Considerations for Deciding Whether to Have a Trademark Search and Opinion Prepared

Mar 5, 2009

Trademarks often play a vital role in branding and marketing strategies for companies as they allow consumers to easily identify the source of goods offered for sale. In addition to selecting potential trademarks that fit a particular business marketing strategy, it can be critical to determine whether a mark is likely to be registered or to create potential legal liabilities prior to use or even filing the initial trademark application. One strategy for gathering potential information about a proposed trademark is to have a comprehensive trademark search and opinion prepared. Comprehensive trademark searches and written opinions can be useful for:

  1. Determining the likelihood of being able to register a proposed trademark;
  2. Determining the likely scope of protection provided by a proposed trademark;
  3. Providing guidance as to how the mark should be filed (for instance, whether to include a logo with the mark); and
  4. For determining whether trademark infringement may be a concern if the proposed trademark is used.

A comprehensive trademark search typically includes searching the following areas:

  1. U.S. federal registered marks;
  2. U.S. state registered marks;
  3. Common law marks (from articles and product announcements);
  4. Domain names;
  5. Business names listed in Dun and Bradstreet; and
  6. Corporate names registered with any of the states of the US.

The search results are typically organized into booklet form and provided to you for consultation while reviewing the written opinion.

Risks associated with not preparing a trademark search and opinion prior to filing the trademark applications include, but are not limited to:

  1. Having to change advertising;
  2. Having to pull product from distributors and store shelves;
  3. Having to change your product name;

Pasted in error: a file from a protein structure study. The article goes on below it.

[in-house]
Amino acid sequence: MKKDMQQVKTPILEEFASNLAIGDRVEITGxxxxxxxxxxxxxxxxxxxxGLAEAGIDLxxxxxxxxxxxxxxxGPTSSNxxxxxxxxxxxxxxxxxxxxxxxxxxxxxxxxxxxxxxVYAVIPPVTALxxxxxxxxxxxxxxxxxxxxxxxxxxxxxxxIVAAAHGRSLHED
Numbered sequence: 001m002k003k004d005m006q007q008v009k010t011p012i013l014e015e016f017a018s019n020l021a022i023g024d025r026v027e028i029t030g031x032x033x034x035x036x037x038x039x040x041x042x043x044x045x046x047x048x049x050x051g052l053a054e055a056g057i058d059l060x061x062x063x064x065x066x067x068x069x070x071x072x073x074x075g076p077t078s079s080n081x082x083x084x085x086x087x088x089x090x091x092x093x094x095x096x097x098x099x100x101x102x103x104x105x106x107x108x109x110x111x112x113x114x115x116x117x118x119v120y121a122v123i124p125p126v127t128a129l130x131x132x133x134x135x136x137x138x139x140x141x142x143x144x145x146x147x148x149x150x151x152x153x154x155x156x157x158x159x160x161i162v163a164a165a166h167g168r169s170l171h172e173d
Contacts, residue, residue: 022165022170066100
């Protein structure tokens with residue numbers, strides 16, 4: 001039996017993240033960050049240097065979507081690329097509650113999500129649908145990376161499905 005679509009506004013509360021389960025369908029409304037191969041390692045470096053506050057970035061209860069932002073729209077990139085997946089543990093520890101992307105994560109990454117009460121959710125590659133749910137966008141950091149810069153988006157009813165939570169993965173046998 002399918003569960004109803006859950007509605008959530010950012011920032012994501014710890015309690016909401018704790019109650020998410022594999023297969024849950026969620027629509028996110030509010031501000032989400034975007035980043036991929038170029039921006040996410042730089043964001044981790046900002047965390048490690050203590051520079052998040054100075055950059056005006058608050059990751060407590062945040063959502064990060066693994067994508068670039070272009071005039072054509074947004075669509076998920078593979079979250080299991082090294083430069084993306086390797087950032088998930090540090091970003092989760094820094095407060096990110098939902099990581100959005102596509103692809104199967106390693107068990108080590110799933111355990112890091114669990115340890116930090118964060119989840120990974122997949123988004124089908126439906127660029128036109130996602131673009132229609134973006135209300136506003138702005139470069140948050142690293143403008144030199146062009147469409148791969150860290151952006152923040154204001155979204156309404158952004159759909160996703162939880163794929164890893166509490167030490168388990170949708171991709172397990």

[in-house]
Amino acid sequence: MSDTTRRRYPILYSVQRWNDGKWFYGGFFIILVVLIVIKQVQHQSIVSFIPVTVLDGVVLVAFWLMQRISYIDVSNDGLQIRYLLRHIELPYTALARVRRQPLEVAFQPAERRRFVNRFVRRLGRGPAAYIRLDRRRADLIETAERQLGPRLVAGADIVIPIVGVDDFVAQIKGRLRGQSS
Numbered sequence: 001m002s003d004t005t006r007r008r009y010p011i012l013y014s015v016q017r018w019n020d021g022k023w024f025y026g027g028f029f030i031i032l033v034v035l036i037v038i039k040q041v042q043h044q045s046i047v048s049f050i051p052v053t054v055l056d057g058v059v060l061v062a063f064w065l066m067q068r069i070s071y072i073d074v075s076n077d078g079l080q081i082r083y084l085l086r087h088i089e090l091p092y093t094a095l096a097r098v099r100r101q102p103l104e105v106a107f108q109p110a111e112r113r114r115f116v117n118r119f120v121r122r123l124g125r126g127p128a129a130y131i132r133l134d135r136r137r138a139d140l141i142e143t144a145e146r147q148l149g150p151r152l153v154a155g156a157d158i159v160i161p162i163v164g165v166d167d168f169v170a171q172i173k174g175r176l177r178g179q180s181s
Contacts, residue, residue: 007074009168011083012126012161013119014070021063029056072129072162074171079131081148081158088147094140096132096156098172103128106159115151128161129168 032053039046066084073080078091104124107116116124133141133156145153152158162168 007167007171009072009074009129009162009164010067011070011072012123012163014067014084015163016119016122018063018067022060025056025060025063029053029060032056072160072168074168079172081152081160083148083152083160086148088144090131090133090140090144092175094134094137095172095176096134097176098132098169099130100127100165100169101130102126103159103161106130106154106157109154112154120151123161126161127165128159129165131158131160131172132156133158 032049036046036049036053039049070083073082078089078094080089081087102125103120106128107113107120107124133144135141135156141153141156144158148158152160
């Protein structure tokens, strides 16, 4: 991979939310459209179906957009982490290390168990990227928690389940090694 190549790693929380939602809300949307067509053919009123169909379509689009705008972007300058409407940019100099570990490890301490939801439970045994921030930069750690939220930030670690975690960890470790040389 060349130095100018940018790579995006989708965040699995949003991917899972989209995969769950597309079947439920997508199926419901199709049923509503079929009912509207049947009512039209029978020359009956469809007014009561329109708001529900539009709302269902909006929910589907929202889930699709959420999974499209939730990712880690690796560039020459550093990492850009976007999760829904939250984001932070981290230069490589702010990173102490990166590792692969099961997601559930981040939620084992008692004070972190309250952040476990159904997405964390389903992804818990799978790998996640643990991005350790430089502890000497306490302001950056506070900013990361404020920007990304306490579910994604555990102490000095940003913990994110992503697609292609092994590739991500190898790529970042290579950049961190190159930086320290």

4. Having to explain to current or prospective customers the reason for the change;
  5. Losing the time, money, and expense involved with selecting the trademark and filing a trademark application; and
  6. Legal fees and possible damages resulting from an accusation of infringement.

While all of our clients are notified of the advantages of preparing a trademark search and opinion prior to filing a U.S. trademark application, some choose to accept the above risks and not conduct a search or have an opinion prepared prior to filing the application. Normally, we advise that the choice of whether to have a trademark search and opinion prepared should be determined in a fashion similar to any other business decision.

In our opinion, the potential cost and loss resulting from the above risks should be calculated and compared to the cost of having the search and opinion prepared. Then, it is a judgment call for the client as to whether to have a search performed. For example, if you are going to launch an expensive advertising campaign in the U.S. using the proposed trademark, then it may be very worthwhile to try to determine whether the use of the proposed trademark will create liability and whether the use of the proposed trademark is likely to be protectable prior to making the advertising investment.

If you have any questions regarding your trademarks and related branding strategy, please contact Garcia-Zamor Intellectual Property Law, LLC.